Britain's longest-established women's weekly is getting a makeover
A facelift at the age of 124 is no small matter, but one grande dame of publishing is getting just that.
The Lady magazine - first published in 1885 - is getting a new lease of life. Its new publisher - the great-grandson of its founder - has decided that The Lady needs to appeal more to the 40-45 year old woman with wider interests and opinions.
But the magazine is redolent of the past. The advertisements from the Lady in 1953 ("Urgently required: good general maid"; "Young governess required mid-June" and "Wanted for boy's house, Eton College, pantry-maid") don't look so different from 2009.
Interspersed with offers of holiday homes and home-made chutney, the current issue carries pleas for domestic help which could have come from the 1950s.
From the prosaic ("Live-in carer wanted") to the grand ("Couple for large estate" "Excellent cook required at manor house in Gloucestershire & W11 London") to the downright intriguing: "Housekeeper needed for job in Jeddah, Saudi Arabia. Must be able to organise and prepare for large banquets", The Lady is still the place for the moneyed - and titled - to recruit staff.
In a survey, the magazine discovered its readers were aged about 78
Gentility is still its currency. The publicity material refers to the magazine as "she" and letters from correspondents are signed "Miss" and "Mrs".
Now, though, it will straddle the 19th and the 21st Century, publisher Ben Budworth explains.
"We are at pains to keep the magazine open for those who want to advertise for a butler," he says.
"But we now have columns for those made redundant, those over the age of 45, forced out of work. There's a good degree of ageism going on and we're keen to champion those people."
There will also be what he calls a 'yummy mummy' column, for those who are thinking about returning to work in jobs like PR, design or one of the professions. And opportunities for cottage industries, like jewellery makers, to advertise their wares.
In its new incarnation, the magazine will even have a website which will, promises Mr Budworth, be "all-singing, all-dancing".
Established in 1885, The Lady has been published weekly ever since. Its continuity extends even to its offices in Bedford Street, occupied by the magazine since 1891.
It was set up "to deal with the many subjects in which Ladies are interested, in a manner at once fully and completely, yet not tiresome: to provide information without dullness and entertainment without vulgarity..."
Attitudes pertaining to The Lady and its clientele do exist in certain pockets
Providing entertainment without vulgarity is still the magazine's mission for its 30,000 subscribers. The vicissitudes of hen keeping, rather than rock chicks, worry readers.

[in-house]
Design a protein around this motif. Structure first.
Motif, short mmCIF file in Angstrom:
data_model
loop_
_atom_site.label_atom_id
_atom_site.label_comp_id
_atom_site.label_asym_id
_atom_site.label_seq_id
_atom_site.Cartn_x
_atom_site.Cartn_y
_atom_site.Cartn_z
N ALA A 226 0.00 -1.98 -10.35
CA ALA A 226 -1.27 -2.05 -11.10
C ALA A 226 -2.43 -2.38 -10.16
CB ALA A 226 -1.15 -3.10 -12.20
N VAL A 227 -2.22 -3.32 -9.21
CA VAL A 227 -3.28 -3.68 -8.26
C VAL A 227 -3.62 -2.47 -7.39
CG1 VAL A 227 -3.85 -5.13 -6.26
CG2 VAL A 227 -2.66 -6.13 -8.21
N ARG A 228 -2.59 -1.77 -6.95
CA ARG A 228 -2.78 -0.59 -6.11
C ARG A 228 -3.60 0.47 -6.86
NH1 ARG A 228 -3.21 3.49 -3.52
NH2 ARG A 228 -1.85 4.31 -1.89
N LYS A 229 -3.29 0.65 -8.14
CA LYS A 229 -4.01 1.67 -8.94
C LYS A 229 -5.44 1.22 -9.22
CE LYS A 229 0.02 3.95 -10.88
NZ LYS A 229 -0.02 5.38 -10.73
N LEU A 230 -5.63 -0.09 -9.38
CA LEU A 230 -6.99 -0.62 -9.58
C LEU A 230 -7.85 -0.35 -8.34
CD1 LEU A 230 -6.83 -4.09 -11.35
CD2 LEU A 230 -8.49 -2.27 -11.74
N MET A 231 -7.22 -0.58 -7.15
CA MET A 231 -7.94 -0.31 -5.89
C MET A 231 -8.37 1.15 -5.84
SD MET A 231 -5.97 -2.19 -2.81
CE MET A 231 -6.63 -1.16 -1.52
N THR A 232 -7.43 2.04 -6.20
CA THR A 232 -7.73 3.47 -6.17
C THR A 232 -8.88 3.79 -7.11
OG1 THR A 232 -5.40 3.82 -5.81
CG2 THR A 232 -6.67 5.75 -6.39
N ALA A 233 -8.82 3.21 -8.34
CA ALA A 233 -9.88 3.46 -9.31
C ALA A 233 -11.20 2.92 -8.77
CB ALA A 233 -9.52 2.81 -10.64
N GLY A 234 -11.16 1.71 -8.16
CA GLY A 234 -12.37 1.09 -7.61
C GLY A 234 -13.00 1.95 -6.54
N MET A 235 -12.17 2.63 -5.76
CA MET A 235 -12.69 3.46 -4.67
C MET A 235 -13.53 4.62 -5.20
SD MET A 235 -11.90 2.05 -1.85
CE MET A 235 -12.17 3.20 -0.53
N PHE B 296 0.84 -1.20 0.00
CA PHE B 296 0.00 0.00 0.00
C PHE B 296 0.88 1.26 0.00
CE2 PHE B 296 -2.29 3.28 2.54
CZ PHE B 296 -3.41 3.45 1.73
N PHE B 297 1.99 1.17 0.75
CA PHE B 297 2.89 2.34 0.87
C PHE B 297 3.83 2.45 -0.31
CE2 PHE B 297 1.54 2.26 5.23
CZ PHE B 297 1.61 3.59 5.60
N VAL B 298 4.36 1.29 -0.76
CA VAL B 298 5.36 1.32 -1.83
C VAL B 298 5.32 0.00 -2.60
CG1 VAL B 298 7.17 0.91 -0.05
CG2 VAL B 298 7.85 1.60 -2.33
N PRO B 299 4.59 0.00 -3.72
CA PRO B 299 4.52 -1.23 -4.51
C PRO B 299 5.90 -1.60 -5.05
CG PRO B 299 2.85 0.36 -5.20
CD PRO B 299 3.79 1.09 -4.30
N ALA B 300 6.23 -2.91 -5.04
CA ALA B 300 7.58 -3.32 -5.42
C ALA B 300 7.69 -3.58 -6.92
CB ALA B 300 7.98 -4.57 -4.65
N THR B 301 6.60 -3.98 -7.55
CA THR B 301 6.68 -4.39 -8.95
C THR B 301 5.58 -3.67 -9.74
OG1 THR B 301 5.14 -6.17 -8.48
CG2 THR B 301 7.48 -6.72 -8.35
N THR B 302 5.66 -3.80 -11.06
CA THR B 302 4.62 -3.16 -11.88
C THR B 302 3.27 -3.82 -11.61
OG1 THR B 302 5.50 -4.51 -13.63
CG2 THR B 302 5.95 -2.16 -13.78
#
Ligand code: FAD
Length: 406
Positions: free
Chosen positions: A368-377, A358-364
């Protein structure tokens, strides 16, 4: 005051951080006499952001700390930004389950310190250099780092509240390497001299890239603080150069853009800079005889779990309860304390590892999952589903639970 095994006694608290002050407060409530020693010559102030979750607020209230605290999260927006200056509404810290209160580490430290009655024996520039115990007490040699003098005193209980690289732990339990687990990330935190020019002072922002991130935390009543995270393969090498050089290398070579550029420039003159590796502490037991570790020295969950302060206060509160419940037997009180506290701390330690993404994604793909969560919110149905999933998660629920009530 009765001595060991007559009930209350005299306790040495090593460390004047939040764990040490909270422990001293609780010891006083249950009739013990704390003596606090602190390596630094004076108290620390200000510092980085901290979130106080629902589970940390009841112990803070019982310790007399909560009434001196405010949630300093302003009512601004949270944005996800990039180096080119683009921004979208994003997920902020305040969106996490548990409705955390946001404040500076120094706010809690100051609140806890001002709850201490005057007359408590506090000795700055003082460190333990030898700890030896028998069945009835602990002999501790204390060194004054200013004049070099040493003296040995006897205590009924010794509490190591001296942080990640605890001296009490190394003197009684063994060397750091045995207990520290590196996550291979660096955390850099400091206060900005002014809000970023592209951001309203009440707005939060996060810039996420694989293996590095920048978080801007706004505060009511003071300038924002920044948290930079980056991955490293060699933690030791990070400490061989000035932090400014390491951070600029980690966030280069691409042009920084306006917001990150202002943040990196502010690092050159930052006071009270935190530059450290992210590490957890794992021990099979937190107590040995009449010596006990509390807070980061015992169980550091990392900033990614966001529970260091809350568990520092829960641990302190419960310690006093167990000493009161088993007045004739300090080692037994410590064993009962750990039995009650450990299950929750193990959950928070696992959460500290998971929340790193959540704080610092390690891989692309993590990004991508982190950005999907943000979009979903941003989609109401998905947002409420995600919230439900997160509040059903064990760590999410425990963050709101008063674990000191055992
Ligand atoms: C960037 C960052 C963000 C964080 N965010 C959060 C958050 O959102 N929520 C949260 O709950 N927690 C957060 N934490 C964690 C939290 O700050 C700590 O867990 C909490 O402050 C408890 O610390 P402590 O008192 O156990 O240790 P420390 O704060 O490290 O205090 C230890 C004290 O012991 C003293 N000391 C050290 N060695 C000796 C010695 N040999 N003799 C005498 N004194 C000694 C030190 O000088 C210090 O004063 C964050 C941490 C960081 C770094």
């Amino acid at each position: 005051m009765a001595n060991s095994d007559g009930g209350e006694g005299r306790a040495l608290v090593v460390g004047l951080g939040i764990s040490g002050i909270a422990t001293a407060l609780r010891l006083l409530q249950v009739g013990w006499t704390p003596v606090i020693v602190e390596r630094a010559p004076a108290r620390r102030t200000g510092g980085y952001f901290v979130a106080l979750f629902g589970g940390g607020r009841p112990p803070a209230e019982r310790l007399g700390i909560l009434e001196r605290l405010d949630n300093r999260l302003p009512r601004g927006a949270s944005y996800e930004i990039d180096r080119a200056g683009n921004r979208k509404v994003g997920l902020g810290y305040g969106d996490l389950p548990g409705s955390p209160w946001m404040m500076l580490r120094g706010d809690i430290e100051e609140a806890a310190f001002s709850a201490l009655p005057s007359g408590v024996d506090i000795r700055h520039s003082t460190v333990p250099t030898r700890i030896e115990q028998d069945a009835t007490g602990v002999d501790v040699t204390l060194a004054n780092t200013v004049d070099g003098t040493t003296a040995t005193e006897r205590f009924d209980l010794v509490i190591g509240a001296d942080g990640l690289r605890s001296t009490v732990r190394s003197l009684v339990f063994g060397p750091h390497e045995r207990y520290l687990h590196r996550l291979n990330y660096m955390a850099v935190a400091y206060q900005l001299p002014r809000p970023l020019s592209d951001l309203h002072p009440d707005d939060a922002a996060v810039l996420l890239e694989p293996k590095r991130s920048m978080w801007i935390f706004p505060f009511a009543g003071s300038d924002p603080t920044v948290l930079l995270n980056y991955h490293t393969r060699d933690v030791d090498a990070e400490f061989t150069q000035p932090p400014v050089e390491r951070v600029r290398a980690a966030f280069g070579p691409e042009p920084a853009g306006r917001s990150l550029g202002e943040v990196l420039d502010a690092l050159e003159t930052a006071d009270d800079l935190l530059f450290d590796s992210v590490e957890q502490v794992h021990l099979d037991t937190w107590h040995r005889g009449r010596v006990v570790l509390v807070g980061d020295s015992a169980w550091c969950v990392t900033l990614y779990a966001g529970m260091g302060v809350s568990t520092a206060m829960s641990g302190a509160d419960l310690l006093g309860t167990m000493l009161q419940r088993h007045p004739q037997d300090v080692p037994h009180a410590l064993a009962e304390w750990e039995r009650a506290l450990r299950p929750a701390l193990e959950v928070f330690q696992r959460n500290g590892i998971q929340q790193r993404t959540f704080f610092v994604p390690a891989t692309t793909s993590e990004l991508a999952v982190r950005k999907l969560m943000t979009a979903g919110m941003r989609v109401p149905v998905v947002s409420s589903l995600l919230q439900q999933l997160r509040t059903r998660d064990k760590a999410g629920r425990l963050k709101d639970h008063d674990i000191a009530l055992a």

And thank goodness for that, says Marie-Helene Ferguson, founder of the London School of Etiquette.
"I think it's quite refreshing and is an oasis - as a woman you can feel pressured with magazines, so I don't read them anymore. It's 'Gucci this week, Prada the next' - you end up feeling inadequate."
The Lady, she says, could challenge its upper-middle class readers a little more. "But there is a place for frippery. To have a place that's not handbags and sex is nice."
The magazine may have come a long way from the days when it was priced sixpence a copy. It epitomised an era when - under editor Nora Heald - regular contributors included Stella Gibbons, author of Cold Comfort Farm, and the waspish chronicler of social mores, Nancy Mitford.
Do the women who used to read The Lady still exist? They do, says Ms Ferguson. Caps are still doffed in Britain, even if they are occasionally doffed metaphorically.
"I am in Norfolk where the example of feudal Britain is alive and well," she says. "There's a distinction between the classes which is much more marked than in London - it is much more meritocratic and democratic in London.
"Attitudes pertaining to The Lady and its clientele do exist in certain pockets."
She is not alone in trusting the magazine to find a nanny. Jean Broke-Smith, former principal of the Lucie Clayton school, remembers it fondly and says it represents a slice of the British character that will never disappear.
"I've just seen one of those old-fashioned prams, like something from Mary Poppins, with an old- fashioned nanny and I thought 'wow - perhaps it's still happening'," she says.
"I still think it's nice we haven't lost that little of British style - some of the past."
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